From a health and social perspectives, unless both primary health care and social service sectors are well equipped to identify and deal with the problem, elder abuse will continue to be underdiagnosed and overlooked.” (United Nations 2021)
Here at DAI we support our members through peer to peer support groups, online cafes, educational webinars and other information, as well as working on the world stage to reduce the stigma and discrimination associated with a diagnosis of dementia, as well as raising awareness of dementia as a human right issue along with other disabilities and diagnoses. Helping members to stay connected and to have trusted confidants outside their own family is a proven way to reduce the incidence of elder abuse to yourself or your loved ones.
By doing so, you will make a tangible difference to the day to day lives of people with dementia. Thank you.
For World Elder Abuse Awareness Day, you may wish to attend this important virtual CoSP Side Event:
Access to justice
Virtual Event, Tuesday 15 June 2021 at 09:00-10:15 EST (NY), 15:00-16:15 CEST (Geneva)
This year’s theme is Access to Justice. COVID-19 highlighted distressing reports of abuse and neglect of older persons in long-term care institutions and in the community where the majority of older persons live. Older persons who have experienced situations of violence, abuse and neglect face multiple barriers in accessing judicial remedies such as issues of accessibility, affordability, excessive delays and backlogs in judicial processes, impact of digitalization, gender bias, discrimination, and entrenched ageism in policy, norms and practices. Access to justice is a fundamental right in itself and an essential prerequisite for the protection and promotion of all human rights.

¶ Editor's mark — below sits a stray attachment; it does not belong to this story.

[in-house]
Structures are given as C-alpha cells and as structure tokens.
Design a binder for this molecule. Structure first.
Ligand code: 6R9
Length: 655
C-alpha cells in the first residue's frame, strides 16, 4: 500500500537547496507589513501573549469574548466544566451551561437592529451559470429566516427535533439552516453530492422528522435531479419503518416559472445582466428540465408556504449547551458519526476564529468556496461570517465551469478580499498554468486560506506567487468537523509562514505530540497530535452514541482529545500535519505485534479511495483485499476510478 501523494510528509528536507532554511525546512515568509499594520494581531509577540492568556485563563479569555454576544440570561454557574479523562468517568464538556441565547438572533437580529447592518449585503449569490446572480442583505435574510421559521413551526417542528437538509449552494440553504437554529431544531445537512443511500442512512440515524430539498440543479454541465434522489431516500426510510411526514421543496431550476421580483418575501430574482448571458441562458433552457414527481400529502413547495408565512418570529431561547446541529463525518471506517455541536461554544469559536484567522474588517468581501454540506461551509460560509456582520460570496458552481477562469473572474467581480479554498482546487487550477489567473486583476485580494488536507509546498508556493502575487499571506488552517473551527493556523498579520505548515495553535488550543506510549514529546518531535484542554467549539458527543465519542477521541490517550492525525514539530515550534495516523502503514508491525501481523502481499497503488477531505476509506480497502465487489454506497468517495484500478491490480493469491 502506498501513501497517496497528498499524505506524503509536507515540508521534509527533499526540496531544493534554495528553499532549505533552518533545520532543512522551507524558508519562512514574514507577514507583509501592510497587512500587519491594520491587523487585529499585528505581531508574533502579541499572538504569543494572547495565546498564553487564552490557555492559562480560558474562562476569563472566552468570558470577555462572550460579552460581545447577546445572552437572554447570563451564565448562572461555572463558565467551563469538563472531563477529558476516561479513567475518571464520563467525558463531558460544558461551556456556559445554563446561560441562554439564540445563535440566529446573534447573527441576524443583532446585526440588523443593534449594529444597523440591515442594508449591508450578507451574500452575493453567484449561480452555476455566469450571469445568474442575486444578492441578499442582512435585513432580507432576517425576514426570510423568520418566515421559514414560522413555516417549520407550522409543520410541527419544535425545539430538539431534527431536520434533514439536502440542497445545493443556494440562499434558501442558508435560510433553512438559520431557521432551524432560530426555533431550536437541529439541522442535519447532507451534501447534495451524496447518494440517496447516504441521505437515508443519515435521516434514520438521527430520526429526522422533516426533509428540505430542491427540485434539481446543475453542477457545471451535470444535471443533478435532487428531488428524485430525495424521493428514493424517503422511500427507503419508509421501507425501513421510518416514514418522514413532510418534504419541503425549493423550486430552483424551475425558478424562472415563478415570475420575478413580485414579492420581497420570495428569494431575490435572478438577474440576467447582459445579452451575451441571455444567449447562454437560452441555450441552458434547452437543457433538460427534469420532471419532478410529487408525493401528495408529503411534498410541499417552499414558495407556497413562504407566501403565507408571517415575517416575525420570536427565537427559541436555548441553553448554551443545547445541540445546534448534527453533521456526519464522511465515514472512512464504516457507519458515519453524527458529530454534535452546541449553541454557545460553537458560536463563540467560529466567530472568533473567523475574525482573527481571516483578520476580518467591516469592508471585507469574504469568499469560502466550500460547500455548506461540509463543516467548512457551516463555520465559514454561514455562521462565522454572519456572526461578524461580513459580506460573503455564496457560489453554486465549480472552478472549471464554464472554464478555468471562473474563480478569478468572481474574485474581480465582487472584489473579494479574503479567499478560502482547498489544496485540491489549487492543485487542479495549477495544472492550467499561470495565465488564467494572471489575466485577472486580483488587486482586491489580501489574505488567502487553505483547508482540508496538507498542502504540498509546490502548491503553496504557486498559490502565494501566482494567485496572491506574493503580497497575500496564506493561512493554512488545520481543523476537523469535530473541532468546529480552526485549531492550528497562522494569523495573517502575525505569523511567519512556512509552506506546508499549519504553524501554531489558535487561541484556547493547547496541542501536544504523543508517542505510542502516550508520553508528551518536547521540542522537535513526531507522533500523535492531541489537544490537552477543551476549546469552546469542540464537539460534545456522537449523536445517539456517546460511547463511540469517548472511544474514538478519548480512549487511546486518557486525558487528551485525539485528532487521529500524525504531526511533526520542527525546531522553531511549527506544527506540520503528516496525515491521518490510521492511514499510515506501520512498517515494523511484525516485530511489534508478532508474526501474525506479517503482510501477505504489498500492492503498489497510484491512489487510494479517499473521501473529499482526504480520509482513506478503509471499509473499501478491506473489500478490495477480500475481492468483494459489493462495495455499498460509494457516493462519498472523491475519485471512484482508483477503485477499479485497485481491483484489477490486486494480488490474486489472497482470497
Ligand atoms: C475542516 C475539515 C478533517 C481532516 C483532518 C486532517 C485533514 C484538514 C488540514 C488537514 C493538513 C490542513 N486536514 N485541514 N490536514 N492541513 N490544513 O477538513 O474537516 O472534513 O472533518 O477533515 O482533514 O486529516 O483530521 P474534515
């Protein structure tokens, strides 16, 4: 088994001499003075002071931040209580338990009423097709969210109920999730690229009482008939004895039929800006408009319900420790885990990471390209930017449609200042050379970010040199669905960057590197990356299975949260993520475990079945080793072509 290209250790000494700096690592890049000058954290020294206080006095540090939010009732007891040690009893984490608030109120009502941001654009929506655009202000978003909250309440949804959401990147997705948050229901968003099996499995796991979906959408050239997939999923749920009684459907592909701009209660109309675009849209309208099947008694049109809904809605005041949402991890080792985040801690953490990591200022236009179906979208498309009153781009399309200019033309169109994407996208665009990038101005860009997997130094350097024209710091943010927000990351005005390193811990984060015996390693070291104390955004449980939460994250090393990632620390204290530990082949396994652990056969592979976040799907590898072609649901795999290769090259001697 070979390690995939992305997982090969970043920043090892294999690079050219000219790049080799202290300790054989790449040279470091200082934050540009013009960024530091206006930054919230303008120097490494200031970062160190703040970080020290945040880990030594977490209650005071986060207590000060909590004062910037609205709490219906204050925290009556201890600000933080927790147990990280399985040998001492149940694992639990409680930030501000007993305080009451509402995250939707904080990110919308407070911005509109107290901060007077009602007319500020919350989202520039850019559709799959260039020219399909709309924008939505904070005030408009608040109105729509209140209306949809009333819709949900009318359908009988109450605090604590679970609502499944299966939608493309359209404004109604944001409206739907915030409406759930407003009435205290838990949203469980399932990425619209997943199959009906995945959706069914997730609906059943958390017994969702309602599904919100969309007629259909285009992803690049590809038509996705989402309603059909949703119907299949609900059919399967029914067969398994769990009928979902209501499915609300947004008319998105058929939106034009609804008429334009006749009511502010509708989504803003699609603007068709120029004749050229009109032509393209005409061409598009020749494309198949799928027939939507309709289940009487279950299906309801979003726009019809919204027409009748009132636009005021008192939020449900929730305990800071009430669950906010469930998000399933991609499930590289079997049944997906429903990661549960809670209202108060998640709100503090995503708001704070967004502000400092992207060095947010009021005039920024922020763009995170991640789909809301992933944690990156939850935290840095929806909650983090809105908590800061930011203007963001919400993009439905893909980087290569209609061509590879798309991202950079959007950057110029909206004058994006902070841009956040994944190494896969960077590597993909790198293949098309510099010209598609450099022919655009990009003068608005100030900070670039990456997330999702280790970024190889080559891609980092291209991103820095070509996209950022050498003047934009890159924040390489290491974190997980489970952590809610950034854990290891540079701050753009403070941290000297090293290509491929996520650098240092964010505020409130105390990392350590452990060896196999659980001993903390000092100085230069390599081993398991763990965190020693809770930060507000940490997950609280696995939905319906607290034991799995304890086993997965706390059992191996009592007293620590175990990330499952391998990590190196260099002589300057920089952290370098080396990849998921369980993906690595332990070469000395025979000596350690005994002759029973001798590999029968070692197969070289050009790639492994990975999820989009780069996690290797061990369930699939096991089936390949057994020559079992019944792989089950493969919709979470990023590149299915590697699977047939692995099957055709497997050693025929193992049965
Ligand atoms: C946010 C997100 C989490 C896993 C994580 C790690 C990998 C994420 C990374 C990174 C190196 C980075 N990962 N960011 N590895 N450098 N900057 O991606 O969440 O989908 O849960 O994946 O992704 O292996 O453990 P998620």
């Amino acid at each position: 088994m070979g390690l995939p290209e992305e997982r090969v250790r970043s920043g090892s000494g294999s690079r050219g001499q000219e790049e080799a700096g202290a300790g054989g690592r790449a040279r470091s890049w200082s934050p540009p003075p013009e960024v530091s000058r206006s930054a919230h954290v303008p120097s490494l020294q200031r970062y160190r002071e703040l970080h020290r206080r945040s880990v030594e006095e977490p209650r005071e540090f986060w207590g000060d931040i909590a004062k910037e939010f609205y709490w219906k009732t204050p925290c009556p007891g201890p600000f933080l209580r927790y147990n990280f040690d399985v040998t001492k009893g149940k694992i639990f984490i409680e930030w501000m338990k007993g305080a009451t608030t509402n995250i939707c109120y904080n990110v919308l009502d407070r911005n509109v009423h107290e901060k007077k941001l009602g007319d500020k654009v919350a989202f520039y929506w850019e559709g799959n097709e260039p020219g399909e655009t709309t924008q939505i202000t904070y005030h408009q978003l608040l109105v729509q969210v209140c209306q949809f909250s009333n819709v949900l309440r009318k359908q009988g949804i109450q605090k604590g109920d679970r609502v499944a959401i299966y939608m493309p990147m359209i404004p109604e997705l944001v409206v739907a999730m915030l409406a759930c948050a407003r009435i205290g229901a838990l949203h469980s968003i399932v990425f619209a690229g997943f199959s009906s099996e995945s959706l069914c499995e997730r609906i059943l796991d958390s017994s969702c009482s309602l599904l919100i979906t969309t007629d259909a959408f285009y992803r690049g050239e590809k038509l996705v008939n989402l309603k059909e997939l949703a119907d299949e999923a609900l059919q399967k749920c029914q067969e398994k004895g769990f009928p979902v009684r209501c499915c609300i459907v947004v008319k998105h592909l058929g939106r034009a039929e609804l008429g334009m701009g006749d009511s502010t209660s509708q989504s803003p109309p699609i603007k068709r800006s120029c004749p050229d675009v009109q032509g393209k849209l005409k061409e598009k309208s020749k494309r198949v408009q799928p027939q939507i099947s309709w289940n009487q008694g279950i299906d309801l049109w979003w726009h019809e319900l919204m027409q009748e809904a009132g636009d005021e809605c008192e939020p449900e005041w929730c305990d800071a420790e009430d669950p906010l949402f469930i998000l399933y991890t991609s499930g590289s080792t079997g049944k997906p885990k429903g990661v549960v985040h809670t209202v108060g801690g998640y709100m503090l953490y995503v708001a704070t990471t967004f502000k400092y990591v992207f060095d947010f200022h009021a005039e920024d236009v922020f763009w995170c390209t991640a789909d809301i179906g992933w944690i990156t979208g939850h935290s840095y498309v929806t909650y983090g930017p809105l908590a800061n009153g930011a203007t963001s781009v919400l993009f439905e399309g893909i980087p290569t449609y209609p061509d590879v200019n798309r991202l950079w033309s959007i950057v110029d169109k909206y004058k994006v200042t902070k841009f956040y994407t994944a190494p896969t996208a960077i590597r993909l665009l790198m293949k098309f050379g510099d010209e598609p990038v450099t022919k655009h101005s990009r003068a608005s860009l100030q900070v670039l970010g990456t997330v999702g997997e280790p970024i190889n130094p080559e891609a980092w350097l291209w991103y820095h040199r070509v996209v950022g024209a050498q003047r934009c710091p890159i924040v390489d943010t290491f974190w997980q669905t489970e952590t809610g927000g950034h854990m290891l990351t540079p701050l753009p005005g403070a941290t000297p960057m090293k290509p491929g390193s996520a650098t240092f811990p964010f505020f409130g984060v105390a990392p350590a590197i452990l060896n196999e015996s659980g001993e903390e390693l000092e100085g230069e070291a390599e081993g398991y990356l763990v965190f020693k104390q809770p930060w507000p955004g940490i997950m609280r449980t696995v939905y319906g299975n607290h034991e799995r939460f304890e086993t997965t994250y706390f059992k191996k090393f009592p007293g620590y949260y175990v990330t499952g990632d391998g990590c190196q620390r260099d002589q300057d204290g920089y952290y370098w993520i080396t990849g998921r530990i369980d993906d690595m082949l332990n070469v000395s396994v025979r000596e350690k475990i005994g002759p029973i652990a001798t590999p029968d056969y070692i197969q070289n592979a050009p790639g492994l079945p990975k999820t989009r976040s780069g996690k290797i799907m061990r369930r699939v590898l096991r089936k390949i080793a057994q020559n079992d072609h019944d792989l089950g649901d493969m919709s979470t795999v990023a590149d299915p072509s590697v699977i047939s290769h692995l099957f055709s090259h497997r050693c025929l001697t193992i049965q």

An expert panel will discuss ways to overcome the barriers and showcase examples of access to justice by older persons who suffered violence, abuse and neglect, including during the current COVID 19 pandemic.
- Claudia Mahler, Independent Expert on the enjoyment of all human rights by older persons
- Maria Soledad Cisternas Reyes, Special Envoy of the UN SG on Disability and Accessibility
- Etienne Krug, Director of the department of Social Determinants of Health, World Health Organization
- Tlaleng Mofokeng, Special Rapporteur on the right of everyone to the enjoyment of the highest attainable standard of physical and mental health (TBC)
- Natasa Todorovic, Health and Care Program Manager, Red Cross of Serbia and INPEA Europe
- Bill Mitchell, Principal Solicitor, Townsville Community Law Inc, Australia
Silvia Perel-Levin, INPEA representative to the UN and Chair of the NGO Committee on Ageing, Geneva
The event will be accessible with sign language and captioning and it will have French, Spanish, German, Serbian and Russian interpretation. It will also be webcast on http://webtv.un.org